Two incidents took place in the months of May (21-22) and October (30) this year, almost like a mirror image. They revolved around the infamous ghar wapsi campaign of Hindutva outfits, and targeted the Christian community in Madhya Pradesh and Nagpur, Maharashtra — both BJP ruled states. Both involved the taking away of children who were travelling to reach a Bible Reading camp. The groups were later detained by the police and charges of “attempted conversion” were leveled against the guides accompanying them, who continued to insist that they had parental consent and that the children already came from Christian families, so conversion was out of the question. The children were illegally detained by the Hindu Jagran Manch in the second case, with only a court order releasing them back to their families. Moreover, in the first case, the authorities argued that proper procedures for converting the children had not been conducted so the children were still Hindu in the eyes of the law. Police Superintendent Krishnaveni Desavatu explained, “For changing to another religion, one needs to submit a written application to the district collector and only after the stipulated process, a person can change religious identity, which didn’t happen in the case of any of the parents claiming to be Christians…this is why, the children and their parents will be officially treated as Hindu tribals and not Christians.” The children, who returned in the same clothes that they were detained in, and their parents who claim to be in fear of their lives: “All these days I was moving around dazed looking for my children. Now that we have got their custody, we are too scared to return,” said one, are understandably distressed. Former President of the All India Catholic Union, Dr. John Dayal, provides the other side of the story, “The traumatization of these tribal and Dalit children from the villages of western Madhya Pradesh is symptomatic of the paranoia and targeted hate that is currently sweeping across north India…apart from rampant impunity and turning a blind eye to [Hindu nationalist] violence, the law and order institutions have been heavily infiltrated and radicalized under almost 15 years of Bharatiya Janata Party rule in Madhya Pradesh.”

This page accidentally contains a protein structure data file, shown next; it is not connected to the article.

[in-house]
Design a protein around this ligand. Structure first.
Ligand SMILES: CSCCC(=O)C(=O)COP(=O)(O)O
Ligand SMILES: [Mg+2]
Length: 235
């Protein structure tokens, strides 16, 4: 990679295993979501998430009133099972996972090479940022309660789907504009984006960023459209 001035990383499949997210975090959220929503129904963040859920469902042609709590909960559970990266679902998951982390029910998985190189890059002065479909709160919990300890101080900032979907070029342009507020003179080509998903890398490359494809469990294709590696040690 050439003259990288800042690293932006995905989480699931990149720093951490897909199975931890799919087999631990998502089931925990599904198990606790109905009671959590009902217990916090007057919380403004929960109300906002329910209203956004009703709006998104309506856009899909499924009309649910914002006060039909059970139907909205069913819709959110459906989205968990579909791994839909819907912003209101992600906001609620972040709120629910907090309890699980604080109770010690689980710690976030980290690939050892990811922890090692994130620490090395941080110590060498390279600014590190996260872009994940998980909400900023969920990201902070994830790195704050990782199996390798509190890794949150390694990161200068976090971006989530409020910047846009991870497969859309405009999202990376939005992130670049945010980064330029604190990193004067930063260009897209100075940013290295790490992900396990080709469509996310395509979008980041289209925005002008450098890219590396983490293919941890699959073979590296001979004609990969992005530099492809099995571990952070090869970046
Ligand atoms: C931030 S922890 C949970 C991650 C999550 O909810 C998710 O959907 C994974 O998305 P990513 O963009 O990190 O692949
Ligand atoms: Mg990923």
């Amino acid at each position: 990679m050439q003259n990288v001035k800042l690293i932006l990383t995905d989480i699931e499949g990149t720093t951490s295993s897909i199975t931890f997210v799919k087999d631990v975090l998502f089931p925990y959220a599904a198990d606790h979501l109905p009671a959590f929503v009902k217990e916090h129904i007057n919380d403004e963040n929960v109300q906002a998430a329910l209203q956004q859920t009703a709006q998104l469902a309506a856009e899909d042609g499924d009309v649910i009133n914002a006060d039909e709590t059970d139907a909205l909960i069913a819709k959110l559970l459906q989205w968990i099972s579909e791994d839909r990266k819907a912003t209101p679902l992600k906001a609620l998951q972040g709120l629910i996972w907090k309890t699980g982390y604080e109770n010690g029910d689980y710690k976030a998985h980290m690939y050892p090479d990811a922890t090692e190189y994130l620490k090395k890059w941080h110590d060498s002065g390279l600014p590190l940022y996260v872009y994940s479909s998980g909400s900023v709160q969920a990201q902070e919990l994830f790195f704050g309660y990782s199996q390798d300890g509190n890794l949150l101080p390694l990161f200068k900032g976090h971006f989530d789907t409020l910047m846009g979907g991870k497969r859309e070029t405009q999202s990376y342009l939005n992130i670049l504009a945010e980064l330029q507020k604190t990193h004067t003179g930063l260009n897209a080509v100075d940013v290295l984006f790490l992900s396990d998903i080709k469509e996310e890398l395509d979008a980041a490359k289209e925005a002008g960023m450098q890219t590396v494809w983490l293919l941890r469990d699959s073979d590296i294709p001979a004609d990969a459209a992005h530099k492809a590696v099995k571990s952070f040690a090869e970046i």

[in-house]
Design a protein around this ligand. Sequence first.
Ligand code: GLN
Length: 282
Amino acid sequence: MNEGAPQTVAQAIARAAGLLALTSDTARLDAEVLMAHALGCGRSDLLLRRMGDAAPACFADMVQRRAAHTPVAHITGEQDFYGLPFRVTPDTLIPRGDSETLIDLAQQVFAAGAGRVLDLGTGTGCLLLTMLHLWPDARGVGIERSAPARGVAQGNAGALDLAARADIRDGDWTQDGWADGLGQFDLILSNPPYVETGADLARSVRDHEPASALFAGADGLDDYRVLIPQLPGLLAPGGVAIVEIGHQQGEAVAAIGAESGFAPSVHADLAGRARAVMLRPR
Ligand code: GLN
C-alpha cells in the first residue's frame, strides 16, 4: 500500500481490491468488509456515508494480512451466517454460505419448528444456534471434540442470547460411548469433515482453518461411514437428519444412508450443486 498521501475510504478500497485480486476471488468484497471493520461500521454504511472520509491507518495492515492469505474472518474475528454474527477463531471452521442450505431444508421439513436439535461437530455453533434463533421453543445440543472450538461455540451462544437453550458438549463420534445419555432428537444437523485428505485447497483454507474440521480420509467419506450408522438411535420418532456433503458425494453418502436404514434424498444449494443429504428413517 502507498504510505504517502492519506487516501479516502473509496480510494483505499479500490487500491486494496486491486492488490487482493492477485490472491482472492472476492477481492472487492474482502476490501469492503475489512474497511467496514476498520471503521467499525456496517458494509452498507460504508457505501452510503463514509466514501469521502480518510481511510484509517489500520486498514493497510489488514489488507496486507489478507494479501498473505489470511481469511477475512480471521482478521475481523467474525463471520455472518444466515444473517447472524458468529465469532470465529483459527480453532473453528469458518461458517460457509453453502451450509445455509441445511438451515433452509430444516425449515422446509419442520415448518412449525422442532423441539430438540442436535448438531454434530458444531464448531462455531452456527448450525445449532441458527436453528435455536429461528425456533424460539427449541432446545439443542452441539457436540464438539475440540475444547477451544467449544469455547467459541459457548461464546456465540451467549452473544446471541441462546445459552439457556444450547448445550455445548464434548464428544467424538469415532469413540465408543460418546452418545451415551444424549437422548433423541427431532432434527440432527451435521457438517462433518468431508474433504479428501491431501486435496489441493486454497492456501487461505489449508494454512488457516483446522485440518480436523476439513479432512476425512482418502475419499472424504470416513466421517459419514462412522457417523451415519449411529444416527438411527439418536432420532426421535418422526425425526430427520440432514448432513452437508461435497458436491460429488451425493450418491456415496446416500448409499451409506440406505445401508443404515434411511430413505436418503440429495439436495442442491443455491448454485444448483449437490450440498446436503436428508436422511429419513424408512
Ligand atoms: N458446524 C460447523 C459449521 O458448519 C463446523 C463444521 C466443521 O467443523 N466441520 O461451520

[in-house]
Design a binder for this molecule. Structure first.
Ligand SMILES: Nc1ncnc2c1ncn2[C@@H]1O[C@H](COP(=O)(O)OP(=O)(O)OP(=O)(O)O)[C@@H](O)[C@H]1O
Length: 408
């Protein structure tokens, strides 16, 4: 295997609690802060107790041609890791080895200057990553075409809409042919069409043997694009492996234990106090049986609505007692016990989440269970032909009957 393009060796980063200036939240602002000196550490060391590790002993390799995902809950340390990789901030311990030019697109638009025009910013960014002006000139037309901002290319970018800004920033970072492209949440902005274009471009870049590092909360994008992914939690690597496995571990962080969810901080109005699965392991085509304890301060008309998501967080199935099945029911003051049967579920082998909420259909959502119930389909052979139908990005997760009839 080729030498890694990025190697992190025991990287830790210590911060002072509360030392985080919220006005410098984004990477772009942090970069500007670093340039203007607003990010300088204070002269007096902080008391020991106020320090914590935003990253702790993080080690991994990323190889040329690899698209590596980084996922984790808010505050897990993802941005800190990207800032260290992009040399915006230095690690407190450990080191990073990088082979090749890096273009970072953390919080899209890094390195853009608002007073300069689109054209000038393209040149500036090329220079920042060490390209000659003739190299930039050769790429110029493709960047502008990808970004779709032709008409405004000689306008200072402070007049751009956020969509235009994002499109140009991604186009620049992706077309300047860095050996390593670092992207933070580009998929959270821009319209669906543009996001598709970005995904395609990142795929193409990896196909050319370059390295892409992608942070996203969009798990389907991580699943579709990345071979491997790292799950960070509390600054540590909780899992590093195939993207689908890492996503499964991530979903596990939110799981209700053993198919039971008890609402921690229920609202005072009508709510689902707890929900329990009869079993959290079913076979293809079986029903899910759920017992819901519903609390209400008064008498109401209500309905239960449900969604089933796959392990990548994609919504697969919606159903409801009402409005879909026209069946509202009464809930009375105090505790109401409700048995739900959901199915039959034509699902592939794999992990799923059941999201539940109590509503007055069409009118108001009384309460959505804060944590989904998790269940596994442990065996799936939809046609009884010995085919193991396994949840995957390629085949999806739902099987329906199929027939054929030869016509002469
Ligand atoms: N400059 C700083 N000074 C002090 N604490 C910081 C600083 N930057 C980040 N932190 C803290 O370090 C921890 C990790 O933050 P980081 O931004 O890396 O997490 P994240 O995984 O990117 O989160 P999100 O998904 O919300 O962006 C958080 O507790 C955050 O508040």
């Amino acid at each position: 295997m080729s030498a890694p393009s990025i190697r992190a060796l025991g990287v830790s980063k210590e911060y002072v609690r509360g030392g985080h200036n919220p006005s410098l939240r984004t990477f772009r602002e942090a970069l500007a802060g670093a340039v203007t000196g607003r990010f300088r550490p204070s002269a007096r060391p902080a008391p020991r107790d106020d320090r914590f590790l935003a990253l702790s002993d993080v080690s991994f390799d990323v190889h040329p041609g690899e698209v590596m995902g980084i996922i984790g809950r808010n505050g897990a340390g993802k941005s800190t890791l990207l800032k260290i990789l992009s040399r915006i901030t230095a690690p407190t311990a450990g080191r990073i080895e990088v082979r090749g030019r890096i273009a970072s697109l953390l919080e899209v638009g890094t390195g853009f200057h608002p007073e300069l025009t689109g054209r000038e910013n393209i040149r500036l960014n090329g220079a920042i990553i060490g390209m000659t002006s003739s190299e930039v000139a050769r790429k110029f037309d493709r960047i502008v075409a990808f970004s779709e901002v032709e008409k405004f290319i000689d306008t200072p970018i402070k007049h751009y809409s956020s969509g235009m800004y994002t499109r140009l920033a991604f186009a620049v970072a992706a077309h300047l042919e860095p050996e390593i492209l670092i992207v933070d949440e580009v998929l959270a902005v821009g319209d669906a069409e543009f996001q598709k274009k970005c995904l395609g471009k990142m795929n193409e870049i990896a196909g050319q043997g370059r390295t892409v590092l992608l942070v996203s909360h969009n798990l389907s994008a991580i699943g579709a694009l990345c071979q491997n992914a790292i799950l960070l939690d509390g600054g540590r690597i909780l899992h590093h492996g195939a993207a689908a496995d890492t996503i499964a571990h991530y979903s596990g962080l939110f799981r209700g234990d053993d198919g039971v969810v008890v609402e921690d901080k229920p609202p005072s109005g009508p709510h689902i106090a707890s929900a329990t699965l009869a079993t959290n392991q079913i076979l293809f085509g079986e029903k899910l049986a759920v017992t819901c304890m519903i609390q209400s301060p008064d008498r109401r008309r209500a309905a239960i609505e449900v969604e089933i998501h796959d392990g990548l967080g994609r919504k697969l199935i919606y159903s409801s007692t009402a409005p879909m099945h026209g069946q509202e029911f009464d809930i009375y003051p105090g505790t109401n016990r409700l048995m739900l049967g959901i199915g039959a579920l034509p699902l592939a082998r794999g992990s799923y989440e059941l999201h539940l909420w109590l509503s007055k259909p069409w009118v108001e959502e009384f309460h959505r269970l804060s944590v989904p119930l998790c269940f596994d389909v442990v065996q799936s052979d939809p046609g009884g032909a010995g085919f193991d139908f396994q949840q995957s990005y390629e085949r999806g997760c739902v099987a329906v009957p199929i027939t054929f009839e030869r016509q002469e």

It is obvious that these incidents are founded on two alternative systems of conversion- from Hinduism to Christianity (as the HJM and police claimed), and from Christianity to Hinduism (as the accused Christian guides claimed). It is possible that the summer camp could have acted as a disguise for proselytization and conversion, and also that it was a Bible study camp for Christian children going there with parental consent. Which version should the layperson trust? Dismissing it as yet another example of Hindu radicalism in action, or Christian evangelism at work, is not enough. The question we should ask can instead be— what is the source of the threat experienced by both sides?
The threat is not that of the legal legitimacy of the right to choose religion, or to convert. This is also evident from the Madhya Pradesh High Court reacting to a habeus corpus petition filed about handing the children over to their parents. It is not that of political legitimacy either, as has been assured by PM Modi who promised that his government “will ensure that there is complete freedom of faith and that everyone has the undeniable right to retain or adopt the religion of his or her choice without coercion or undue influence.” This crisis has emerged among fears of homogenization in an increasingly fascist state. Asserting the domination of the ruling power-religious, political, and economic, has been interpreted by the fringe elements (increasingly moving towards the centre) as a validation for doing anything in the name of a ‘Hindu Rashtra’, often violent, divisive and deadly. If the party desiring to proclaim its dominance is already ‘representing’ the majority community, why is it afraid? Simply because this is not merely a game of numbers; because all of roughly 80% people do not condone its stance, and because it views its dictatorial tendencies as a divine right. On the other hand, Christians have been long accused of converting tribals, Dalits and other minorities through the lure of education, economic support, and relative equality. But, isn’t this process the right of the Indian citizen— the right to choose? Then the inverse is also true — ghar wapsi can also be defended as the right of people to convert to Hinduism. But what is completely unconstitutional about the whole business is that this is happening through coercion; choice is being removed from the equation.
This is violence, pure and simple. We have the right to return to any ghar of our choice. The state has to accept responsibility for guaranteeing this right based on consent. The fact that it is making children a casualty, condemns it more. Let’s not destroy our democratic fabric by condoning such aggressive injustice even further.
-Contributed by Tript
Picture Credits: scoopwhoop.com
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